Incidentally, isn’t there a bigger story out there today than whether Trump can pull off a win against Hillary this fall? The conservative-media belief that a strong “true conservative” candidate would be unstoppable in the primaries has now been conclusively disproved. Ross Douthat:

Trump proved that movement conservative ideas and litmus tests don’t really have any purchase on millions of Republican voters. Again and again, Cruz and the other G.O.P. candidates stressed that Trump wasn’t really a conservative; they listed his heresies, cataloged his deviations, dug up his barely buried liberal past. No doubt this case resonated with many Republicans. But not with nearly enough of them to make Cruz the nominee.

Trump proved that many evangelical voters, supposedly the heart of a True Conservative coalition, are actually not really values voters or religious conservatives after all, and that the less frequently evangelicals go to church, the more likely they are to vote for a philandering sybarite instead of a pastor’s son. Cruz would probably be on his way to the Republican nomination if he had simply carried the Deep South. But unless voters were in church every Sunday, Trump’s identity politics had more appeal than Cruz’s theological-political correctness…

Finally, Trump proved that many professional True Conservatives, many of the same people who flayed RINOs and demanded purity throughout the Obama era, were actually just playing a convenient part. From Fox News’ 10 p.m. hour to talk radio to the ranks of lesser pundits, a long list of people who should have been all-in for Cruz on ideological grounds either flirted with Trump, affected neutrality or threw down their cloaks for the Donald to stomp over to the nomination. Cruz thought he would have a movement behind him, but part of that movement was actually a racket, and Trumpistas were simply better marks.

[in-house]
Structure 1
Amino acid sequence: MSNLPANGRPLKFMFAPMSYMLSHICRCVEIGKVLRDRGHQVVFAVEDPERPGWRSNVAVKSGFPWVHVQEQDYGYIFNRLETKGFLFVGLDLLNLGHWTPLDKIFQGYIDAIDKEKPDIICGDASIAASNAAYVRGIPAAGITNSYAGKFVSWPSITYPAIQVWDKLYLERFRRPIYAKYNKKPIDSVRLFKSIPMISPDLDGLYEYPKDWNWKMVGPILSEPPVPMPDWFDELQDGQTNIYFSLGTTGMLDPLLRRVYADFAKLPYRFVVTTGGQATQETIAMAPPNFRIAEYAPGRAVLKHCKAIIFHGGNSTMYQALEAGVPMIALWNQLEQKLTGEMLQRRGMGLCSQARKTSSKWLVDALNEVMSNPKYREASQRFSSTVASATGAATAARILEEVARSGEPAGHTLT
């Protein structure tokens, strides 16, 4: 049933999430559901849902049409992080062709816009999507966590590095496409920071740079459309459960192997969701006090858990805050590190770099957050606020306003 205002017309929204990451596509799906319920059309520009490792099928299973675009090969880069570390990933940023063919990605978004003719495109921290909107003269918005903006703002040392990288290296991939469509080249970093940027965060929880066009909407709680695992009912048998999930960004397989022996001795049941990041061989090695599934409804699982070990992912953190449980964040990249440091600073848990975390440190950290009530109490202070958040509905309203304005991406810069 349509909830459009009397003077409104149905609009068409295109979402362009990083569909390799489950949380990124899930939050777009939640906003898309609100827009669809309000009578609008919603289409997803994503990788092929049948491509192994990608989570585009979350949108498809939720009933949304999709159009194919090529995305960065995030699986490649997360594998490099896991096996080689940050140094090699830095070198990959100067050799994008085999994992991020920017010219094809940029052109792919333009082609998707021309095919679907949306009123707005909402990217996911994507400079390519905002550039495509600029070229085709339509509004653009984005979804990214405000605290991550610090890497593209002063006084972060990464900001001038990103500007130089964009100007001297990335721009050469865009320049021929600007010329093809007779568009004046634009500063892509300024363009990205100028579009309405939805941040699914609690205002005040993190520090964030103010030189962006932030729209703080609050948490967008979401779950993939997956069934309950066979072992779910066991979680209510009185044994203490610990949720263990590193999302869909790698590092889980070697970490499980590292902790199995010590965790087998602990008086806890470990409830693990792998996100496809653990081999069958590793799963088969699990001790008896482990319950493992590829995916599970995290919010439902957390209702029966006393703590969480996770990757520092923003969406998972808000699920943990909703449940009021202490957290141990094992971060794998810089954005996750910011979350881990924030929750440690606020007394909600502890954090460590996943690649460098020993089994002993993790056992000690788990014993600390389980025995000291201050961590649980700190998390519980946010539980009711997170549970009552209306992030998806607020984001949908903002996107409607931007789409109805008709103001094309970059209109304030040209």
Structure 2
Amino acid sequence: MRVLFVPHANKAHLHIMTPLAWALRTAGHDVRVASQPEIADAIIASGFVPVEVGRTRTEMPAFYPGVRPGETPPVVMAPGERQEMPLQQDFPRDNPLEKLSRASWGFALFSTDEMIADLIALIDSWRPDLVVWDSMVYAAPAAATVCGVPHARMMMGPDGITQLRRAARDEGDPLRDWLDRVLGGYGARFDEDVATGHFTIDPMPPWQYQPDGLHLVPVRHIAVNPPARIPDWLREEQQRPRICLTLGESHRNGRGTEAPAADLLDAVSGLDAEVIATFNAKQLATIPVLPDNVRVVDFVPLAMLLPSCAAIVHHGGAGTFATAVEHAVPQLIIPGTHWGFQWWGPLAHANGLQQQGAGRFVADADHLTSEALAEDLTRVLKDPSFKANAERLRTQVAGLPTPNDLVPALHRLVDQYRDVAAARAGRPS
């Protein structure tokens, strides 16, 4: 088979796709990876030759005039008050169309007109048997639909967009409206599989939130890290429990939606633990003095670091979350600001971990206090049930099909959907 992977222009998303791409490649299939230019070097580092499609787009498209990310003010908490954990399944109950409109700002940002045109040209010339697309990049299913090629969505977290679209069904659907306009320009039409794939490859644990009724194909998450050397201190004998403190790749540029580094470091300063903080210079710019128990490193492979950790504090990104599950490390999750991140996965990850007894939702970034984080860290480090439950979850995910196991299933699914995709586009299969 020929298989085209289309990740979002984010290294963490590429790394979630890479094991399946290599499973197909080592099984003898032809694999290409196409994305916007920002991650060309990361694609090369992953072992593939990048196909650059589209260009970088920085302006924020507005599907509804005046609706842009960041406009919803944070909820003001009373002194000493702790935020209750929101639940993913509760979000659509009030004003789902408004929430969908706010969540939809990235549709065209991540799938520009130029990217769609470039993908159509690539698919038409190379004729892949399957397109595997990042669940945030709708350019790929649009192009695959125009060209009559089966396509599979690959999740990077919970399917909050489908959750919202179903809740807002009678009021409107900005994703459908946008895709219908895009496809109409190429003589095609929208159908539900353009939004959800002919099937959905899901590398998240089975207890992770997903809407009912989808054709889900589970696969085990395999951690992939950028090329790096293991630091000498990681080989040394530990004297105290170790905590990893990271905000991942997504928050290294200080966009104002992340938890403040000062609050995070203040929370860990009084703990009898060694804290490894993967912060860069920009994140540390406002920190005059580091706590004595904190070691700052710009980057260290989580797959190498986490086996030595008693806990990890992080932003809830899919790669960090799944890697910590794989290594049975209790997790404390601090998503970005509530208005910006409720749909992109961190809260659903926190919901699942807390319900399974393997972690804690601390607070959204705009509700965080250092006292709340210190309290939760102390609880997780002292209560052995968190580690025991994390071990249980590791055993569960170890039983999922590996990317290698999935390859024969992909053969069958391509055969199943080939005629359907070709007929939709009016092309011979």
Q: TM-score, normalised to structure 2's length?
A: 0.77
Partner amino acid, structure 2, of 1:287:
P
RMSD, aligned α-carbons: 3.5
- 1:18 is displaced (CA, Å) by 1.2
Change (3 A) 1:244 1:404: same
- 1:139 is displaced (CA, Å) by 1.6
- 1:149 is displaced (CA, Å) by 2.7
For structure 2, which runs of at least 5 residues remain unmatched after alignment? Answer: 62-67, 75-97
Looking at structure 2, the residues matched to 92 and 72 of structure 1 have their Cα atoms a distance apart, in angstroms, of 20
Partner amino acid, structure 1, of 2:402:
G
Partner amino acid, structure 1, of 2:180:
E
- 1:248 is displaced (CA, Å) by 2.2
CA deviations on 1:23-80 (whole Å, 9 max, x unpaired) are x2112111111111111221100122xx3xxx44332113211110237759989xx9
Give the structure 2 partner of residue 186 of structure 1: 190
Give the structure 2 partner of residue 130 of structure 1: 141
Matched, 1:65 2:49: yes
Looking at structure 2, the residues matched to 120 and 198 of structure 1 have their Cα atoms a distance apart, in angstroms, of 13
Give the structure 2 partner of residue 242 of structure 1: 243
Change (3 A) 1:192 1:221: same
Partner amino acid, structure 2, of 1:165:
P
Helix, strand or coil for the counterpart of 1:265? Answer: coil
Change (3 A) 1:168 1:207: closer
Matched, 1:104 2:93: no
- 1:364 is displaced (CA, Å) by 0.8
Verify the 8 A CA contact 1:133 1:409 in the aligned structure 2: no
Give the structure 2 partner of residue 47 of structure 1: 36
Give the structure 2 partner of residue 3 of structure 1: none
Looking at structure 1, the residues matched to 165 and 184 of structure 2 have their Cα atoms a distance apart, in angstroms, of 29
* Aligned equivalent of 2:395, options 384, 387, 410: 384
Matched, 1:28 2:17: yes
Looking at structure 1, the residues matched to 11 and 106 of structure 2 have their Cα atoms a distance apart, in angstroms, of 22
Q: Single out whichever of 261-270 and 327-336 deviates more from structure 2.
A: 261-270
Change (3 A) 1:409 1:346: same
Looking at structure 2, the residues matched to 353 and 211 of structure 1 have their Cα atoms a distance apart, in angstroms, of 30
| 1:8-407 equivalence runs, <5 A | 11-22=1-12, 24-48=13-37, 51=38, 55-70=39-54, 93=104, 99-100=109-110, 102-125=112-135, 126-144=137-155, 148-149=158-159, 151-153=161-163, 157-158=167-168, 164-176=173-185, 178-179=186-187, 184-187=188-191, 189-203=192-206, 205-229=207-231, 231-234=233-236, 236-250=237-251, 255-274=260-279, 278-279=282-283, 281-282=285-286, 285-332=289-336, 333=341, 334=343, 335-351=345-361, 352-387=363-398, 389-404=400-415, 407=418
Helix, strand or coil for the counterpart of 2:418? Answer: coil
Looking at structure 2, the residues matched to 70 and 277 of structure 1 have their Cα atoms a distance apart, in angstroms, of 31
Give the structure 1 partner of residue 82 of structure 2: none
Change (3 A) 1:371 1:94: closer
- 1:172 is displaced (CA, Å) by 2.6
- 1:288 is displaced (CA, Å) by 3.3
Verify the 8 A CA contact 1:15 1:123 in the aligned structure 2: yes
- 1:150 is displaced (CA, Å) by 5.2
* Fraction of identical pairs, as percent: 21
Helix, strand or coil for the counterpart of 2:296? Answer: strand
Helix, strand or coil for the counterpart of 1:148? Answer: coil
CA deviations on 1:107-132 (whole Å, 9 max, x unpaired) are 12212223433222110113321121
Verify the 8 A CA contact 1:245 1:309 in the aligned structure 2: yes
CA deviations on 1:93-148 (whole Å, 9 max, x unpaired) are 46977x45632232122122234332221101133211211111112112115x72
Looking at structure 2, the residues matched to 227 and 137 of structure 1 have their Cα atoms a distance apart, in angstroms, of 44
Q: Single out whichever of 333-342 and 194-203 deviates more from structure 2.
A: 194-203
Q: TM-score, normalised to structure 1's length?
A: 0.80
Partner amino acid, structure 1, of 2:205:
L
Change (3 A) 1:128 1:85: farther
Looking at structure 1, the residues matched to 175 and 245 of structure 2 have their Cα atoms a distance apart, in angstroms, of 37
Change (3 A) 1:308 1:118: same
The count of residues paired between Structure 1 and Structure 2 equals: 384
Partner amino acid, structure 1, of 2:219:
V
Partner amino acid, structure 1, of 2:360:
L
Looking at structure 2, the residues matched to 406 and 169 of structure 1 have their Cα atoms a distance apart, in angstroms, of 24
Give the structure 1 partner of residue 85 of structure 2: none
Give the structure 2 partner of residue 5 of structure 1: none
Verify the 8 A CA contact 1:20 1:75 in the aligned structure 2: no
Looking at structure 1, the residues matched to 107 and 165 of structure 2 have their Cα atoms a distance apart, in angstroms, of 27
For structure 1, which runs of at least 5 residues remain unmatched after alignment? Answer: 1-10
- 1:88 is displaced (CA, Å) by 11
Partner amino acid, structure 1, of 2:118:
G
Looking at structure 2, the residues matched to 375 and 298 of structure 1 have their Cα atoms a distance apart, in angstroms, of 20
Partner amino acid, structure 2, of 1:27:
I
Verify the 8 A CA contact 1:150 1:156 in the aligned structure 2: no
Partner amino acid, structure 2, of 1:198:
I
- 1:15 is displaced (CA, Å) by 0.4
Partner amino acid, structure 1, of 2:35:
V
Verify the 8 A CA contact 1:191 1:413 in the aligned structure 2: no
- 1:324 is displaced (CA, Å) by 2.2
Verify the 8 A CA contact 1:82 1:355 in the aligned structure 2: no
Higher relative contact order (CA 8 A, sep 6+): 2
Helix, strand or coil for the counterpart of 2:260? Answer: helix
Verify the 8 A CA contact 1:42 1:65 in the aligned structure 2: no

Conservative talk-radio hosts who “affected neutrality” between Trump and Cruz? I can’t think of anyone like that. Can you?

A pol as ambitious as Cruz will soldier on to 2020 but a man as brilliant as Cruz is surely absorbing the truth today of Douthat’s point about large swaths of “true conservatism,” including some of its major players, running a racket. If it’s a racket that’ll sell him out now, why wouldn’t it sell him out again in four years? And why wouldn’t the primary electorate, which lefty Jonathan Chait accuses of having revealed itself as driven by “ethno-nationalistic passions” rather than conservative dogma, go on preferring nationalist candidates to Cruz’s “constitutionalism”? If Cruz wants a shot at the White House, he may have to reimagine himself — to some extent — as a nationalist. That’d be tragic, but it would help with the base. It might even help with the Republican establishment, which can’t tolerate the idea of Cruz-style “disruptors” being rewarded electorally for their disruptions but can, apparently, tolerate the idea of a guy like Trump swooping in and claiming that they’re all morons who are weakening America. Good luck to all party members, starting with Rush, in their new-ish roles as apologists for nationalism.